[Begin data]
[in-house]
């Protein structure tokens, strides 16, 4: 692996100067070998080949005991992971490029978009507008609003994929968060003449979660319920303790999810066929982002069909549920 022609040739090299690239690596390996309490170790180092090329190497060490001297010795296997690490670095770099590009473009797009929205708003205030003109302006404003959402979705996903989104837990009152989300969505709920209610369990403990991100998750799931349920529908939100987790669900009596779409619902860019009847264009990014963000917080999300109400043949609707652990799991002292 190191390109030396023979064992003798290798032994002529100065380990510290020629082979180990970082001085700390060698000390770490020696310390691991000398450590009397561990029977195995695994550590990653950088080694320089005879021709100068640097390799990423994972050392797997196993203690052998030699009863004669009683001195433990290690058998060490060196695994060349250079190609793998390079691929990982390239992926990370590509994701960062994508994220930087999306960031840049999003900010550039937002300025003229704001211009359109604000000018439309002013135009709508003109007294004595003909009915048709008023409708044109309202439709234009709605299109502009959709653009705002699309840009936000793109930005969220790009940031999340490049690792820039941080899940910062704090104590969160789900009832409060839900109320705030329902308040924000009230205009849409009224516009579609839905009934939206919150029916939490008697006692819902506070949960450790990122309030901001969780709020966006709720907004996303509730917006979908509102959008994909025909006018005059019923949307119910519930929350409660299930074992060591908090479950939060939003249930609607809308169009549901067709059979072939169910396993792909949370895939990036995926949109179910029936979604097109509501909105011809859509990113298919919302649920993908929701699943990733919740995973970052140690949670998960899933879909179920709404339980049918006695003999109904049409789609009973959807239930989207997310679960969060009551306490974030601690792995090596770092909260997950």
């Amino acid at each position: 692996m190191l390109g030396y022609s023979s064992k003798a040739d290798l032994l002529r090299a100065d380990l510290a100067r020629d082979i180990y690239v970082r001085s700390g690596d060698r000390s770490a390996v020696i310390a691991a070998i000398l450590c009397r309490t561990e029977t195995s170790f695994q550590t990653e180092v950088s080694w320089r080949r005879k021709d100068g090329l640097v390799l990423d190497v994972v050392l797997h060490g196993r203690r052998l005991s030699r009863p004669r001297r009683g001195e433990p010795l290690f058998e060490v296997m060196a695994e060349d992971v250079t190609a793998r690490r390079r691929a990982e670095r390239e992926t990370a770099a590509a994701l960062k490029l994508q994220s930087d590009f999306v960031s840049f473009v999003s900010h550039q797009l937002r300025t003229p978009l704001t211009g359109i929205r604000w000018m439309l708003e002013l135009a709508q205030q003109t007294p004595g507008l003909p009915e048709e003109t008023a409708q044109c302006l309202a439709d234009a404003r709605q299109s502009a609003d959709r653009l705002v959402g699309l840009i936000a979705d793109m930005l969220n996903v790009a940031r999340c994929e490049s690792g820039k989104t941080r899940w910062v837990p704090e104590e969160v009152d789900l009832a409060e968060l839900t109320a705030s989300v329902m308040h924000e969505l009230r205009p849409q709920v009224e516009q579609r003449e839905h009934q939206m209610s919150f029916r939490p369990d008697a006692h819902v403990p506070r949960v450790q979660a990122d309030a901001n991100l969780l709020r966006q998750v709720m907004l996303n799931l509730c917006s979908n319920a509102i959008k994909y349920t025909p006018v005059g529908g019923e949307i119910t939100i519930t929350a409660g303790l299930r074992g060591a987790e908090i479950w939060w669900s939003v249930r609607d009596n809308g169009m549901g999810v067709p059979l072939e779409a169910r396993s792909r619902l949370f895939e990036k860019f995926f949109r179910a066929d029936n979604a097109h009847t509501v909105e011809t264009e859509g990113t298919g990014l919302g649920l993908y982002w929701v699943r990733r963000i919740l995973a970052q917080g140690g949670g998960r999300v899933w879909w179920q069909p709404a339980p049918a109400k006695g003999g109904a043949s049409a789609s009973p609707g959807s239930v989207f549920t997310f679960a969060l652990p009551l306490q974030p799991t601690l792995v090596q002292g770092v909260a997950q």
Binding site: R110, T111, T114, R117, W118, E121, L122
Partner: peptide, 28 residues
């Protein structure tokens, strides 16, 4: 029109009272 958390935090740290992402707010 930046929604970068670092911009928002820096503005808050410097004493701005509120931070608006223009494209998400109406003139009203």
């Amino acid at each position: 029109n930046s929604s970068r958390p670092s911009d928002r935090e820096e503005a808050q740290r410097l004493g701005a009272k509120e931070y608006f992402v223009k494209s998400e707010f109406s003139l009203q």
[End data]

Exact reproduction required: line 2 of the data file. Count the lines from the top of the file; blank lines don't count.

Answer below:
């Protein structure tokens, strides 16, 4: 692996100067070998080949005991992971490029978009507008609003994929968060003449979660319920303790999810066929982002069909549920 022609040739090299690239690596390996309490170790180092090329190497060490001297010795296997690490670095770099590009473009797009929205708003205030003109302006404003959402979705996903989104837990009152989300969505709920209610369990403990991100998750799931349920529908939100987790669900009596779409619902860019009847264009990014963000917080999300109400043949609707652990799991002292 190191390109030396023979064992003798290798032994002529100065380990510290020629082979180990970082001085700390060698000390770490020696310390691991000398450590009397561990029977195995695994550590990653950088080694320089005879021709100068640097390799990423994972050392797997196993203690052998030699009863004669009683001195433990290690058998060490060196695994060349250079190609793998390079691929990982390239992926990370590509994701960062994508994220930087999306960031840049999003900010550039937002300025003229704001211009359109604000000018439309002013135009709508003109007294004595003909009915048709008023409708044109309202439709234009709605299109502009959709653009705002699309840009936000793109930005969220790009940031999340490049690792820039941080899940910062704090104590969160789900009832409060839900109320705030329902308040924000009230205009849409009224516009579609839905009934939206919150029916939490008697006692819902506070949960450790990122309030901001969780709020966006709720907004996303509730917006979908509102959008994909025909006018005059019923949307119910519930929350409660299930074992060591908090479950939060939003249930609607809308169009549901067709059979072939169910396993792909949370895939990036995926949109179910029936979604097109509501909105011809859509990113298919919302649920993908929701699943990733919740995973970052140690949670998960899933879909179920709404339980049918006695003999109904049409789609009973959807239930989207997310679960969060009551306490974030601690792995090596770092909260997950």